"[The] stock price suffers because of the enormous risk associated with an ever changing business strategy, enormous capital funding gap, poor governance, and unchecked risk taking," Icahn wrote in late May letter to Chesapeake's board, adding, "[What] is important is that this pernicious funding gap, which we believe this board has created, must be filled."
At Chesapeake's shareholder meeting,
reported that CEO McClendon said the company would dedicate its oil and gas focus to just 10 basins, after previously embarking on a "land grab" of shale drilling assets across the U.S. "It will be a completely different company to invest in," McClendon said.
In Thursday trading, Chesapeake shares rose slightly to $19.09. The stock has gained over 20% from levels that UBS analysts calculate Icahn bought Chesapeake Energy shares for in May. Year-to-date shares are off over 14% and over 30% in the past 12 months, amid concerns about its finances and CEO McClendon's 2.5% personal investment in almost all of the wells that the company has drilled over the years.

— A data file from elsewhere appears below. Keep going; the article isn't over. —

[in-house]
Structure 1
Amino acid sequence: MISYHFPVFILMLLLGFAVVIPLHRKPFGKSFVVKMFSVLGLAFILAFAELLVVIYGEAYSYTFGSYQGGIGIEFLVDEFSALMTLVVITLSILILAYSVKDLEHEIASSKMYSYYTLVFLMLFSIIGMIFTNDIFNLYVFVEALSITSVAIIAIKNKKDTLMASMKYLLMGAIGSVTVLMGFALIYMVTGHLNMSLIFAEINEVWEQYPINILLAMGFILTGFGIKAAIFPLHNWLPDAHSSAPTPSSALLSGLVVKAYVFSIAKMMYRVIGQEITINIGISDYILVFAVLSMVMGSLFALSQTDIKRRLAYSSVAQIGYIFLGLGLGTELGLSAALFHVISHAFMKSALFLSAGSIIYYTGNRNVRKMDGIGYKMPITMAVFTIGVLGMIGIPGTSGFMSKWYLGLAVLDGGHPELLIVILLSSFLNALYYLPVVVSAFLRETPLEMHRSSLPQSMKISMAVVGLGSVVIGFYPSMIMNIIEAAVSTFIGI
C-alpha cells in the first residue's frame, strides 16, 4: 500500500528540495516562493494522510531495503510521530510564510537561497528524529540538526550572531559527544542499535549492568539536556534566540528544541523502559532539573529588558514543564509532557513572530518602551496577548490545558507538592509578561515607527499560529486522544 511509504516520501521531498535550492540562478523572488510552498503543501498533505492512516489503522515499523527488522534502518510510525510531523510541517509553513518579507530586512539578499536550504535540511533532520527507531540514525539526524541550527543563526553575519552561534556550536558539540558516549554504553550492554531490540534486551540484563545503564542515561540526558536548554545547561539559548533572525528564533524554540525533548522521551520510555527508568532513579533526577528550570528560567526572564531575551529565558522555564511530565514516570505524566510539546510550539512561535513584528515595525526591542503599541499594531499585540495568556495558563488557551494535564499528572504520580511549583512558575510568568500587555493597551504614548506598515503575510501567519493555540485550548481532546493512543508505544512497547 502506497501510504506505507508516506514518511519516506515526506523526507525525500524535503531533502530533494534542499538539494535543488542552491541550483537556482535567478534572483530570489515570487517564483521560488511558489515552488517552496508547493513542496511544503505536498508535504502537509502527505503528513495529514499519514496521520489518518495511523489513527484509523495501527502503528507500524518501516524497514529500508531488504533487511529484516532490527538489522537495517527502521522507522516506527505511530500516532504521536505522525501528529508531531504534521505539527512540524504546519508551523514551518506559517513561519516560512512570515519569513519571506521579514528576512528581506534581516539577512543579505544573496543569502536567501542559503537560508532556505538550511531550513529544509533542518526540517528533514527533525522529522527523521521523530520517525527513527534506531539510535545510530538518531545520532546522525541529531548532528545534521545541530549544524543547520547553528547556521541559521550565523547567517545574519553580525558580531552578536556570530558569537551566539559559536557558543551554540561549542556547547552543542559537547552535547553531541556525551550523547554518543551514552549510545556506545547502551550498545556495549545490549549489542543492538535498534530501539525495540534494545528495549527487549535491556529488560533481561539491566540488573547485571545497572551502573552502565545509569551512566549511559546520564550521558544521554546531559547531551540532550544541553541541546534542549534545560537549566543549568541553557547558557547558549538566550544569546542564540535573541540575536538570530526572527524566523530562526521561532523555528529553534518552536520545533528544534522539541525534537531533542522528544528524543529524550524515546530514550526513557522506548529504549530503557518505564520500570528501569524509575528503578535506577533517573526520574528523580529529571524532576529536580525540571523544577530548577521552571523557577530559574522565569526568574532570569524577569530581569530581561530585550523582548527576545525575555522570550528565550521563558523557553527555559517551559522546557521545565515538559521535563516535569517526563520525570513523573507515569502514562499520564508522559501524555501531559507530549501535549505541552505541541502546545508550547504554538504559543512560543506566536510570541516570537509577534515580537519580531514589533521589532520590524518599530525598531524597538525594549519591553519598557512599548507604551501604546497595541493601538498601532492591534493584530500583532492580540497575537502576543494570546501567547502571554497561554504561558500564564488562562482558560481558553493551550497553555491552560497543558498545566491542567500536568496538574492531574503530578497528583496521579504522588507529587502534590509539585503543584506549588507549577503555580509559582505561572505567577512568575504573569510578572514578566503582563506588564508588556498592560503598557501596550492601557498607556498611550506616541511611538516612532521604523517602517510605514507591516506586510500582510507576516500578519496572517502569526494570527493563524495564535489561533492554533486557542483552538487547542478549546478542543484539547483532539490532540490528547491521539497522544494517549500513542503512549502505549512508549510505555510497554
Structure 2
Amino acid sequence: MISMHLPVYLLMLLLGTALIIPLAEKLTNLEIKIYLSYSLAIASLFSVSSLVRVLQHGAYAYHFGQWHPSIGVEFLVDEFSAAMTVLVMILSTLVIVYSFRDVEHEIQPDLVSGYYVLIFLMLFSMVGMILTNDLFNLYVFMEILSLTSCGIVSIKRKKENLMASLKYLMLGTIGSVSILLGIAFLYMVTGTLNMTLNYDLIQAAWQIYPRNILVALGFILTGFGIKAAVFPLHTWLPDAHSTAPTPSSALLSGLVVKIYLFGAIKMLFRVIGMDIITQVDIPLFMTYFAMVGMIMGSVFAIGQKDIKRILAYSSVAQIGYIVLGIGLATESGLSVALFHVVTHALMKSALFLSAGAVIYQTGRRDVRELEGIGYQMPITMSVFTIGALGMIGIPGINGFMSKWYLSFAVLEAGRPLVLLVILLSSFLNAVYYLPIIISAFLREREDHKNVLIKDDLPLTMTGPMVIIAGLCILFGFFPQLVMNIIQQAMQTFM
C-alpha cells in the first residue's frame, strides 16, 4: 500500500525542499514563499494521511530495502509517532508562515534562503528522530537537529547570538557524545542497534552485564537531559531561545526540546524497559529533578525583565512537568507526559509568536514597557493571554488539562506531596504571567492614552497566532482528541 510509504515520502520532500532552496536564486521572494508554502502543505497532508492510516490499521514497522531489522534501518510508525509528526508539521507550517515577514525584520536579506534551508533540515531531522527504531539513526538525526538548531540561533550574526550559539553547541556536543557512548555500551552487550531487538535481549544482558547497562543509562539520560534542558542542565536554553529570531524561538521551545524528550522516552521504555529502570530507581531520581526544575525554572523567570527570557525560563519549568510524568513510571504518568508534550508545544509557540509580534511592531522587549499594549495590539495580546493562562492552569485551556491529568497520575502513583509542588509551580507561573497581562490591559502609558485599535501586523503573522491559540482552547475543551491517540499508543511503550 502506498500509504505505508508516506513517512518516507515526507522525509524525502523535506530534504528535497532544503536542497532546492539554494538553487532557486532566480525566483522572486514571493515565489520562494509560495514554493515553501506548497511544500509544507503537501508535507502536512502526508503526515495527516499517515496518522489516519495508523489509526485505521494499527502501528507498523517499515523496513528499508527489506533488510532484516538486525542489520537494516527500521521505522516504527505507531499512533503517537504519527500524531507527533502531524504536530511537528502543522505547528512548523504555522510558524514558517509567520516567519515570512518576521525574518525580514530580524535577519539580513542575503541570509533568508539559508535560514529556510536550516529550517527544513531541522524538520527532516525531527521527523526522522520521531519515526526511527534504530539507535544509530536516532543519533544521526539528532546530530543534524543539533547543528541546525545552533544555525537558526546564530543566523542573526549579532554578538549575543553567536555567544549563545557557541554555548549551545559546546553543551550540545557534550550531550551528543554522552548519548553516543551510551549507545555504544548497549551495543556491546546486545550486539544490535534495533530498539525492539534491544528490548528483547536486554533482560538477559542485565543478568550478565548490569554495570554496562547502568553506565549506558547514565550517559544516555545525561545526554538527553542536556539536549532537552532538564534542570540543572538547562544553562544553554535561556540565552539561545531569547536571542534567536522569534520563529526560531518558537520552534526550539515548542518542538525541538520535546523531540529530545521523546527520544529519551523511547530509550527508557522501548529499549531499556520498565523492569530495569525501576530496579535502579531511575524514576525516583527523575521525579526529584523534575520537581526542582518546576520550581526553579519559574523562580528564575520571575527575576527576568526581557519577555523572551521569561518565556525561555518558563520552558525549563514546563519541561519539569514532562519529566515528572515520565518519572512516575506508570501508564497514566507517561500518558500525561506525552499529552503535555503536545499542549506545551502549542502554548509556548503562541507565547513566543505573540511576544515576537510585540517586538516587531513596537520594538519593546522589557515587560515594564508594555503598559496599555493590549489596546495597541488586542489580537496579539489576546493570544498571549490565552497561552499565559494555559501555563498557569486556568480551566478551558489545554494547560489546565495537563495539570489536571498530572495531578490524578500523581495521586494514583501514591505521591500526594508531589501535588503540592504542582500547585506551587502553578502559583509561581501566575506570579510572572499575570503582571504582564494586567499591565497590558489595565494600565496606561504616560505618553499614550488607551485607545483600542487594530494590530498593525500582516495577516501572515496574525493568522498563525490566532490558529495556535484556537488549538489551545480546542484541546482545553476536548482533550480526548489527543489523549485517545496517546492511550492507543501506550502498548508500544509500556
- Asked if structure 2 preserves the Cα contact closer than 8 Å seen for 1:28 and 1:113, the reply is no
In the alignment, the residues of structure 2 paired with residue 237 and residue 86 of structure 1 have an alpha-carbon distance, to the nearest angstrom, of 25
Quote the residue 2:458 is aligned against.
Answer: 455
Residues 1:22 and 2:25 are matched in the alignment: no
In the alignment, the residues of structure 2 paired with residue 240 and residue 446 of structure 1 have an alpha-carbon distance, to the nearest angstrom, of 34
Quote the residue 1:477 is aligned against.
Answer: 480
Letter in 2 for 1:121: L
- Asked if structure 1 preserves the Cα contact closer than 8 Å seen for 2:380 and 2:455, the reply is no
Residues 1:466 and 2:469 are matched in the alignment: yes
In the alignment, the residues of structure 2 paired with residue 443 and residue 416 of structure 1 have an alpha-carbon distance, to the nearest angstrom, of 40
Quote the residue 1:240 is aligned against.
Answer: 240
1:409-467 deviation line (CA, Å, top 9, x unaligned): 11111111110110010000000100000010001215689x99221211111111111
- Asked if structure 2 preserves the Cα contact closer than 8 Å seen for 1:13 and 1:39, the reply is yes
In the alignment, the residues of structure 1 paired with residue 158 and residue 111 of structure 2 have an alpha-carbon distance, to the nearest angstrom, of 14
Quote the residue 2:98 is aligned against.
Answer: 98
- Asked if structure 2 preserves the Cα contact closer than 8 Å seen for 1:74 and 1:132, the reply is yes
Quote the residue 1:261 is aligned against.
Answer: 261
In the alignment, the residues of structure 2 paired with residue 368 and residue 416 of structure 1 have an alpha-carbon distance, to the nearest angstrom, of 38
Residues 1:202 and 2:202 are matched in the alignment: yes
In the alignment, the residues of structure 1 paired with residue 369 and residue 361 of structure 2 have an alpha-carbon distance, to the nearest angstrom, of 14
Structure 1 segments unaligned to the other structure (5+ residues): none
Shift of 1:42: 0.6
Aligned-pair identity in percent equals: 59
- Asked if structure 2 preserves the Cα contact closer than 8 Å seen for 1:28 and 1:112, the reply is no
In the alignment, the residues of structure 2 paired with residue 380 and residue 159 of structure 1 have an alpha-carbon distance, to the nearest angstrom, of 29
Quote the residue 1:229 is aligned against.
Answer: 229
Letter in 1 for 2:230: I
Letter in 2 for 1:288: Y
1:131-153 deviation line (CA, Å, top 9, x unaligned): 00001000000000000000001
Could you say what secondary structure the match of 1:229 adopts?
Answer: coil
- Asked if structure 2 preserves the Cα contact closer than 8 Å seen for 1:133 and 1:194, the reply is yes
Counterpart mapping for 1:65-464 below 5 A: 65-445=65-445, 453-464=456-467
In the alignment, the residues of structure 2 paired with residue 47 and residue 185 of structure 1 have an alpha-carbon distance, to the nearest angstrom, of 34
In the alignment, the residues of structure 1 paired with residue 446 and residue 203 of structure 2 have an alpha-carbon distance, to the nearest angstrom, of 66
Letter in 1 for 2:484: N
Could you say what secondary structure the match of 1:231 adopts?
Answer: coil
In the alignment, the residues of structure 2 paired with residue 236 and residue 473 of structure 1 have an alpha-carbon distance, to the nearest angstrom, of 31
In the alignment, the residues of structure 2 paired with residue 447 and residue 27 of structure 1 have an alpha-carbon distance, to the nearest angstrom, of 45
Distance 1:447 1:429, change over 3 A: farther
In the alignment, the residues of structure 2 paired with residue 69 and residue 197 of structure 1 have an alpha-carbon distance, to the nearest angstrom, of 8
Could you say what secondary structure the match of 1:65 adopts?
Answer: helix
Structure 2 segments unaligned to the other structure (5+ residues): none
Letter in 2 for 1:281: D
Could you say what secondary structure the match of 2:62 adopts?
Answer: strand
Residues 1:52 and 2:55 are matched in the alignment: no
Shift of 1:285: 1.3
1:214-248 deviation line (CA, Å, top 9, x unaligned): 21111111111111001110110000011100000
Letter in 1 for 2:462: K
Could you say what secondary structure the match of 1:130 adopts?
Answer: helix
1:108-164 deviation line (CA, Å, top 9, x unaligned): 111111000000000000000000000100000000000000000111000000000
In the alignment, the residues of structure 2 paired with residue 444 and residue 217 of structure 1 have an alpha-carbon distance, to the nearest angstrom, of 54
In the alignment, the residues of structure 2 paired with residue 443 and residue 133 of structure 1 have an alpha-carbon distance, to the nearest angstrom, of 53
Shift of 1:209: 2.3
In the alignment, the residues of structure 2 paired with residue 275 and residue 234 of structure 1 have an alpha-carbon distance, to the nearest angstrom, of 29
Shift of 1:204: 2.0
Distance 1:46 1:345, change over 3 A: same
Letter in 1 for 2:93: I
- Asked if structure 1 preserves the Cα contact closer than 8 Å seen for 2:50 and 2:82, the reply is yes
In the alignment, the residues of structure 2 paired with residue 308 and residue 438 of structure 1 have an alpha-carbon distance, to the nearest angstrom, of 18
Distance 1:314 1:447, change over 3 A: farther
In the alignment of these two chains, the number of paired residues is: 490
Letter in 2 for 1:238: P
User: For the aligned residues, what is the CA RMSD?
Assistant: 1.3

Underlying a board shakeup and the initiation of asset sales, it's important for investors to remember that a shoring up of the balance sheet will remain a key focus for the oil and gas company in 2012.
Moody's calculates the company needs to sell $7 billion in assets to avoid a ratings downgrade and breach of its debt covenants.
"Even $7 billion in asset sales could place Chesapeake's covenant compliance for its revolving credit facility in some doubt, and the company would still face a significant funding gap in 2013," wrote Moody's analyst Peter Speer on May 31.
For more on Carl Icahn, see his
. For more on energy stocks, see the
energy stocks bought and sold by hedge funds
in the latest quarter.
See 5 ways Chesapeake Energy can be
saved from itself
for more on how it can initiate a share turnaround.
-- Written by Antoine Gara in New York